Saturday, January 26, 2013

Kathryn Bigelow: Zero Dark Thirty

Sunday afternoon January 20th I find myself sitting, stunned in a dark movie theatre. The credits roll as the score plays for one of the most powerful films I have seen in many years. There’s a lot to digest here and I haven’t been this shaken and awed by a film since Francis Ford Coppola’s  “Apocalypse Now.” I remain motionless. “Directed by Kathryn Bigelow” flows from the darkness and reveals itself onto the screen then fades away. After a time I have to leave the theatre; this brilliant, unusual production piece, “Zero Dark Thirty.”

Bigelow has created nothing short of a masterpiece. It will be viewed and studied for years to come. It is already being dissected and analyzed. It is also already an intense controversy. This is the stuff that makes legends; makes the world think. Torture is nothing short of the most vile, hideous and least human of acts that human beings perform on each other. There is no connection to the heroic in it’s execution and Americans need to see themselves as heroes. The depiction of the torture of the detainees in a CIA Black Site is so realistic and brutal that I almost left the theatre at one point, to watch it is to somehow comply with it.  I sat through the scenes that went on for at least 20 minutes (an eternity in film time) and it is to the great credit of the film maker that she was able to bring me back into her vision. It was the scene with the monkeys that brought me back.  

“Zero Dark Thirty” is military slang for thirty minutes past midnight (Oh Dark Thirty) or an arbitrary time between midnight and dawn. It is very late night or very early morning depending on your point of view. The film too is very much left to the viewer’s perspective. This is good for events that are so critical to the national psyche and are actual events in the nation’s history. The bringing to justice of Osama Bin Laden was important and it was not pretty. There is no real glorification or “Hollywood” clich├ęs involved. The film opens to a total black screen with archive recordings of the attack of the World Trade Center. Our imaginations and memories are already put to work. It cuts directly to the torture of an “Enemy Combatant” who strangely comes to remind me of Jesus. What follows is without a single moment of detachment for the viewer.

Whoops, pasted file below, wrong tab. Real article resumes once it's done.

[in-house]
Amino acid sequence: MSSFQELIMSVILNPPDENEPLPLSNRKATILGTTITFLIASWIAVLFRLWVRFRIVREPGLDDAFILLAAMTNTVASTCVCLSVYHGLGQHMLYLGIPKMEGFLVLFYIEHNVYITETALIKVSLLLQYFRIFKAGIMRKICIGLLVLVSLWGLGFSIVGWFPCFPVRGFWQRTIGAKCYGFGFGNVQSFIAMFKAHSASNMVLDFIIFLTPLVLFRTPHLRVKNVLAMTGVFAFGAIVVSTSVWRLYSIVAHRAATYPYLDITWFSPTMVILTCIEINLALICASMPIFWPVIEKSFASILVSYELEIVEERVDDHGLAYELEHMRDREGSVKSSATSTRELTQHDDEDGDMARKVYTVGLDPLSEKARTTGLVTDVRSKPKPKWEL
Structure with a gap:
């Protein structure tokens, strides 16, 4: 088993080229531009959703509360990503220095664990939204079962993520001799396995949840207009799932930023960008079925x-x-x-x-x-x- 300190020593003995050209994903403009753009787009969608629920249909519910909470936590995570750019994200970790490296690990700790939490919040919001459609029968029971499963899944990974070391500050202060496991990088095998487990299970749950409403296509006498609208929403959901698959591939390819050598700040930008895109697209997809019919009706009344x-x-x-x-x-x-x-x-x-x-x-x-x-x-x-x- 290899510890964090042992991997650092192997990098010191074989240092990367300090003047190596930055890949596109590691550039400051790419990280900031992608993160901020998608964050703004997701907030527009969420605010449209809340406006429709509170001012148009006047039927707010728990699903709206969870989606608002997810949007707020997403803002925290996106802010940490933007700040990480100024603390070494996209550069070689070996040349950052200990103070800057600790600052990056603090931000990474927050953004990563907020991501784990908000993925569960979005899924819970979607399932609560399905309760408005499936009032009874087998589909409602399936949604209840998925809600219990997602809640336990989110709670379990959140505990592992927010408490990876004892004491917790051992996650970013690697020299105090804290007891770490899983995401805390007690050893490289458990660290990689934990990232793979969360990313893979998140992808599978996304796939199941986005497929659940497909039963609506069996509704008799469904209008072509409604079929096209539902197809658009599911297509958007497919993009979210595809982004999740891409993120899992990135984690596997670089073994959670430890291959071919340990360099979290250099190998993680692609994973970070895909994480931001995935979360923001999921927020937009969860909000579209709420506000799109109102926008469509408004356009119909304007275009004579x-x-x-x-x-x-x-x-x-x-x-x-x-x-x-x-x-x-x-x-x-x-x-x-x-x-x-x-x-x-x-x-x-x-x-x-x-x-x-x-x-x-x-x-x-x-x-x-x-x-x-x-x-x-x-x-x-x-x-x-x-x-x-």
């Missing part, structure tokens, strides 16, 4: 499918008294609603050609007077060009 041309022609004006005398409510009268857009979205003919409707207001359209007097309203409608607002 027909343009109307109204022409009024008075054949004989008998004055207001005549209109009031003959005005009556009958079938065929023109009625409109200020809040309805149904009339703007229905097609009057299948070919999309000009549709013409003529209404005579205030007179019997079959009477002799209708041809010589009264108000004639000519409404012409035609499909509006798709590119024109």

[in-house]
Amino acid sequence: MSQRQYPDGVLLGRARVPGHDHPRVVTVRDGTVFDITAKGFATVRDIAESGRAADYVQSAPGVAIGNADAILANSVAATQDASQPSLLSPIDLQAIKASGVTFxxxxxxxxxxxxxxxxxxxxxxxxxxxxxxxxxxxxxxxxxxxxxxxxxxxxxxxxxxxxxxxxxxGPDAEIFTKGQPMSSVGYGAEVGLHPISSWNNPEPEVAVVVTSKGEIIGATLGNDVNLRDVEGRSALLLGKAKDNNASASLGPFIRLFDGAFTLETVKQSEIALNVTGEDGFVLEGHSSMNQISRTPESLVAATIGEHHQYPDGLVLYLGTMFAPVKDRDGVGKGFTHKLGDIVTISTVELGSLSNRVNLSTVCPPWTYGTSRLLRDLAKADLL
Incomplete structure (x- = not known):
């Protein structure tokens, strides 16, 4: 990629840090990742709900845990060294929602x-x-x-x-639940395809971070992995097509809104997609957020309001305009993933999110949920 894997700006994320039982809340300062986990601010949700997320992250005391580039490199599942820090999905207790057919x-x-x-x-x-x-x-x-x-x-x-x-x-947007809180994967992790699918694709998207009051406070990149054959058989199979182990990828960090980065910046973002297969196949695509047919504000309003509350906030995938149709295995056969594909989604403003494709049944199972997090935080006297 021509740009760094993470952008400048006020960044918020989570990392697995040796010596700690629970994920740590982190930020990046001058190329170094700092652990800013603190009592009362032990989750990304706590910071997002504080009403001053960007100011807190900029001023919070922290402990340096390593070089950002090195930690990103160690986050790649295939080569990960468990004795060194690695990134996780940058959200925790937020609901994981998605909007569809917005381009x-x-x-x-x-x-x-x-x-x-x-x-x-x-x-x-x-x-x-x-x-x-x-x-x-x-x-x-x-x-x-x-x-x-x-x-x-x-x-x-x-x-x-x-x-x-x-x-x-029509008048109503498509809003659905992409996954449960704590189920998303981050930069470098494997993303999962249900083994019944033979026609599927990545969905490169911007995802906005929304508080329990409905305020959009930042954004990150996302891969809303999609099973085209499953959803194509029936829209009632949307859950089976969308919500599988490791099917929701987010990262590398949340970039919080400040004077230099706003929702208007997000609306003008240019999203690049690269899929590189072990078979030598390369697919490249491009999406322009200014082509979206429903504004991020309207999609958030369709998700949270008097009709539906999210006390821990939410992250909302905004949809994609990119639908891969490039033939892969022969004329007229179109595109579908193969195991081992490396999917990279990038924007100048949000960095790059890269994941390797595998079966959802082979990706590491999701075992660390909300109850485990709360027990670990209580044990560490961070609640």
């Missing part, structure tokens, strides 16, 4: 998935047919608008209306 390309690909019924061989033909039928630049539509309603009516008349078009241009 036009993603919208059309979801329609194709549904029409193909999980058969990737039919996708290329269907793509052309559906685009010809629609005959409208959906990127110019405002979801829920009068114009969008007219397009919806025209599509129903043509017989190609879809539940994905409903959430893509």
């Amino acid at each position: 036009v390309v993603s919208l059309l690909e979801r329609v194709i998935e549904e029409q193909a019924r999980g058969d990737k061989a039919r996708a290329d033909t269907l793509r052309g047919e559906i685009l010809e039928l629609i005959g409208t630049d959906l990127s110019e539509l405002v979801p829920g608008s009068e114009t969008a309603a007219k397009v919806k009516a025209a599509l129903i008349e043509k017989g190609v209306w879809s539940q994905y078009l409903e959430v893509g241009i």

Bigelow’s vision of the events following Nine Eleven is impressive, provocative and to the credit of all her team of collaorators and crew. Bigelow takes her place now among the great artist/film-makers with this dedicated piece. I can only think that there are greater works still from her to come.

Tuesday, January 1, 2013

I Always Wanted To Meet Elizabeth Murray

I always wanted to meet Elizabeth Murray. My introduction to her was in the form of a cover photo of “Art News” magazine in the nineteen eighties. Most of the artists of the time posed very seriously in "I Am an Artist" poses. Elizabeth Murray posed smiling while holding her young daughter in her arms. She appeared to be very happy for having the attention and being noticed for her work, her art and her life. Beyond the obvious she seemed a genuinely happy person. Yes; I dreamed for years of meeting this woman and just having a very cool, intelligent and relaxed conversation with her.

 I was able to have conversations with Miss Murray through viewing her work in galleries, articles and video interviews particularly PBS’s Art: 21. These were great but one sided. I wanted a real exchange of ideas with someone so honest and beautiful. I was certain too that she would have great advice, be both funny and charming while still possessing a somewhat vulnerable soul.

Elizabeth’s works are very enigmatic while still playful pieces. Like shattered stained glass shards, disjointed puzzle pieces or mix-matched cartoon or everyday objects they lovingly present themselves to the viewer. Her use of color is dominate and strong. The works are among the most inviting the art world has to offer. They are engaging, fascinating.

 I remember visiting a contemporary gallery with a couple of friends not long ago. We had enjoyed ourselves greatly and after spending time with Warhol, Calder, Johns and Stella I caught a glimpse of a Murray as we were leaving. There is a point that you have to leave a gallery (the spirit has been enriched and filled to over flow.) I still wasn’t able to leave without studying Murray’s effort. I asked them to wait just a minute for me to say hello to Elizabeth Murray. I walked over to the work and in my way said hello, soaked in a part of Murray’s joy, her spirit. She endowed much of herself into her art. It was a good moment. 

Elizabeth Murray; one of the most respected artist of her generation, left us in 2007. She died from complications of cancer. Her works remain. I always wanted to meet her…